Heaven Traverse's family demands answers into foster-care death
'We still don't have our answers yet,' says toddler's aunt, who seeks provincial inquest
The Phoenix Sinclair inquiry report, with its recommendations for Manitoba's child welfare system, brings little relief to relatives of Heaven Traverse, a two-year-old child who died in foster care.
"For Heaven, I guess, there's no closure for the family. We still don't have our answers yet," her aunt, Janelle Sutherland-Traverse, told CBC News late Monday.
But the charges against Douglas and Darlene Sutherland were stayed in 2007 due to a lack of evidence.
Last week, the Manitoba government released the final report from the Phoenix Sinclair inquiry, which examined how the province's child welfare system failed the five-year-old girl before she was murdered by her mother and stepfather in June 2005.
Led by commissioner Ted Hughes, the $14-million public inquiry — one of the biggest in Manitoba's history — sat for 91 days and heard testimony from 126 witnesses as it looked at how Child and Family Services (CFS) officials handled Phoenix's case during her brief life.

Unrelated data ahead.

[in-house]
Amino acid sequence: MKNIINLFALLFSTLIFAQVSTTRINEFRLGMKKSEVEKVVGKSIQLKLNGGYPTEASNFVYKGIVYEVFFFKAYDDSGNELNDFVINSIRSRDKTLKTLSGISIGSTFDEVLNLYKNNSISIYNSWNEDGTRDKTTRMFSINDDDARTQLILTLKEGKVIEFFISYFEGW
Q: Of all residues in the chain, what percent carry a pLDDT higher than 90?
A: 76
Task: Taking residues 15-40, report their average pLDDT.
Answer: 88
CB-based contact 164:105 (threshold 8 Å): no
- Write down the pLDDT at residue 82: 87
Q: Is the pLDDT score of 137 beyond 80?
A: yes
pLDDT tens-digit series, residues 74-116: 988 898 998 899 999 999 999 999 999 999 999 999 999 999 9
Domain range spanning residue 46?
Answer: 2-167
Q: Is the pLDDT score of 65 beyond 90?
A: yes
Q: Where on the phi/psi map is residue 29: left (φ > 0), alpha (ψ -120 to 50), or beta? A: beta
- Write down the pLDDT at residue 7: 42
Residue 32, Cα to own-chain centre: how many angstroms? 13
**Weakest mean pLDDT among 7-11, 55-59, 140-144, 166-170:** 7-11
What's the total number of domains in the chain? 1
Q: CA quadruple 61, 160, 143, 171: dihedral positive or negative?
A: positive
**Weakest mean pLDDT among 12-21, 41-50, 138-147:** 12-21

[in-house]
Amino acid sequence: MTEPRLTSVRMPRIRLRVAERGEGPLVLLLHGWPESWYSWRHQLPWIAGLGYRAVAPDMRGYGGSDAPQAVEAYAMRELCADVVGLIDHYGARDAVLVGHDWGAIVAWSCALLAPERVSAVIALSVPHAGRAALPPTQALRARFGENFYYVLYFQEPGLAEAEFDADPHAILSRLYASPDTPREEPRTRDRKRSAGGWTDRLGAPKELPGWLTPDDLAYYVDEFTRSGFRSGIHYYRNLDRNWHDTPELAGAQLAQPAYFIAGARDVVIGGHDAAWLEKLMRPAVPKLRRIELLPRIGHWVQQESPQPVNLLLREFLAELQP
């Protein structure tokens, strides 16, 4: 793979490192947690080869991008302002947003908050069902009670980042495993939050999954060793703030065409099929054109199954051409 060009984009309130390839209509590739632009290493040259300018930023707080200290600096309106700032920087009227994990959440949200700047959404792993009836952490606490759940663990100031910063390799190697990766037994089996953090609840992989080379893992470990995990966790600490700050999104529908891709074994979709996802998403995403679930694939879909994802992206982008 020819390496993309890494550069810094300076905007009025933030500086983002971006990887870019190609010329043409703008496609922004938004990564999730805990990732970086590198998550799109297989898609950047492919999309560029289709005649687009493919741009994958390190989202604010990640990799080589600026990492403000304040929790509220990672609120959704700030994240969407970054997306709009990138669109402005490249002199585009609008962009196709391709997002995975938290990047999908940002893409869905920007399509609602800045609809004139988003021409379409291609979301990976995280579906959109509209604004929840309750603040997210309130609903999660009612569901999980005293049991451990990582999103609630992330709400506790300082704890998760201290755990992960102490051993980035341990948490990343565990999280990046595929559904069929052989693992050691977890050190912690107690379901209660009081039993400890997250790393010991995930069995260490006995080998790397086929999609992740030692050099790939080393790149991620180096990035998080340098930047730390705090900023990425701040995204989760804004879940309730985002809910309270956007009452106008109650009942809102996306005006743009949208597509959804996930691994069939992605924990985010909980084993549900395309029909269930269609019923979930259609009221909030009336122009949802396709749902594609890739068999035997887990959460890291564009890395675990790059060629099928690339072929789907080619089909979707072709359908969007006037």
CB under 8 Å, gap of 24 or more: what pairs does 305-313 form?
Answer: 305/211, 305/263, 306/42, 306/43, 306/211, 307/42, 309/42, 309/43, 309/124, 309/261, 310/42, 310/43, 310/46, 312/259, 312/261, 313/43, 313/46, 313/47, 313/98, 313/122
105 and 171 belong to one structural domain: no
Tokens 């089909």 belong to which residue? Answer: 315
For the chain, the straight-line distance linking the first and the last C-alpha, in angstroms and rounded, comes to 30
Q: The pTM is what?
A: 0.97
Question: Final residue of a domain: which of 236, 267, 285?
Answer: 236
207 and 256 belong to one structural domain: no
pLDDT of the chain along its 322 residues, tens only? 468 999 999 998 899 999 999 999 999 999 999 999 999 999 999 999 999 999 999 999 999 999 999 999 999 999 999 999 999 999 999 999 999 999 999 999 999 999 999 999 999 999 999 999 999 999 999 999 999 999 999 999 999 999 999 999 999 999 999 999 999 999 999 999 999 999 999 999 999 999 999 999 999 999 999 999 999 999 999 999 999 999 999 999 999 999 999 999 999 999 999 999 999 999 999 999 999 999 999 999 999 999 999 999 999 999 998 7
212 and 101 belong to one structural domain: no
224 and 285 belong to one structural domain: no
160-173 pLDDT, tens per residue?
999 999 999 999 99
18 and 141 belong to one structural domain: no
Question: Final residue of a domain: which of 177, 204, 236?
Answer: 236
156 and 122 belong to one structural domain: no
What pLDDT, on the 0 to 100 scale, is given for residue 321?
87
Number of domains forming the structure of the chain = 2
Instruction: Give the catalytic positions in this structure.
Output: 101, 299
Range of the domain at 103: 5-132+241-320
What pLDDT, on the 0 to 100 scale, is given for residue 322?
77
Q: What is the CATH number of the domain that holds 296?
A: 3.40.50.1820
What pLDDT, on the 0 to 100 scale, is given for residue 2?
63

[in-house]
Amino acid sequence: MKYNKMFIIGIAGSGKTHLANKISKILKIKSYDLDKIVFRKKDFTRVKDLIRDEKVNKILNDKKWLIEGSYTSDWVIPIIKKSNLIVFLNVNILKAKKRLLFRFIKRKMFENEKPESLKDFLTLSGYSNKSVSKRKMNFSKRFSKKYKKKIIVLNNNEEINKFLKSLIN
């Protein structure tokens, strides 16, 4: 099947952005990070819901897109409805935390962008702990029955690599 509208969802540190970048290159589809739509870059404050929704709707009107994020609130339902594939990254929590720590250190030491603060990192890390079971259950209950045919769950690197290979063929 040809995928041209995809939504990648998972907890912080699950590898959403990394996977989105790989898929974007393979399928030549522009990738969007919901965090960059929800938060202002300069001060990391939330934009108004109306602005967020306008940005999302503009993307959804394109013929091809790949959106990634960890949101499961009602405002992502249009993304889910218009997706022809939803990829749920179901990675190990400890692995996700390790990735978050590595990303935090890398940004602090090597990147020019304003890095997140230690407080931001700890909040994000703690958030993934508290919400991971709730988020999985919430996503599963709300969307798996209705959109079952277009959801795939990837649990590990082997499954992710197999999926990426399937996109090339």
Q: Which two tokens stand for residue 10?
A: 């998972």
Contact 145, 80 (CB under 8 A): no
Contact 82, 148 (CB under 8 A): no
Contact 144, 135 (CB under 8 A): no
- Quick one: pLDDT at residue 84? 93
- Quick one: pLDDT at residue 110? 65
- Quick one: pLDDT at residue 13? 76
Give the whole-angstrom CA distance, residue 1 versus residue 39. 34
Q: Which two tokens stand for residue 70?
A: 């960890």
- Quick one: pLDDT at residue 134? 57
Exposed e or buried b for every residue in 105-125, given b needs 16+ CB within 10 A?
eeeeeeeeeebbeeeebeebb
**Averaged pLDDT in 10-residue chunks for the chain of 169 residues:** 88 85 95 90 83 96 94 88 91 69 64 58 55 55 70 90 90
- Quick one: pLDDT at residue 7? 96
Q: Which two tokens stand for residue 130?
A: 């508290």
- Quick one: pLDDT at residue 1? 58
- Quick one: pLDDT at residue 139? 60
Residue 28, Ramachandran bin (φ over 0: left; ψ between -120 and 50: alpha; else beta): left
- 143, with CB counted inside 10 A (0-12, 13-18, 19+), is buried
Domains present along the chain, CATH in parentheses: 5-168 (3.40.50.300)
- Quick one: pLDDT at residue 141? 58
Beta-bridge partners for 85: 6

The report contained 62 recommendations for improving the system and was a call out to address “deeply rooted” issues.
- Manitoba sorry for failing to protect Phoenix Sinclair
- 'There will be more Phoenixes': reaction to inquiry report mixed
- Visit cbc.ca Aboriginal
Sutherland-Traverse said while she hopes the Phoenix Sinclair inquiry report will prevent other children from falling through the cracks, she still lacks confidence in the CFS system.
The aunt added that she and Heaven's biological father, Lawrence Traverse, had raised concerns in the past over the care the child received in foster care.
"We feel she was failed because they never went and checked on these kids," she said. "If they did, they would've seen the way they were living."
Sutherland-Traverse is calling on the province to hold an inquiry into Heaven's death, as she believes child-welfare authorities need to be held accountable.
With files from the CBC's Jill Coubrough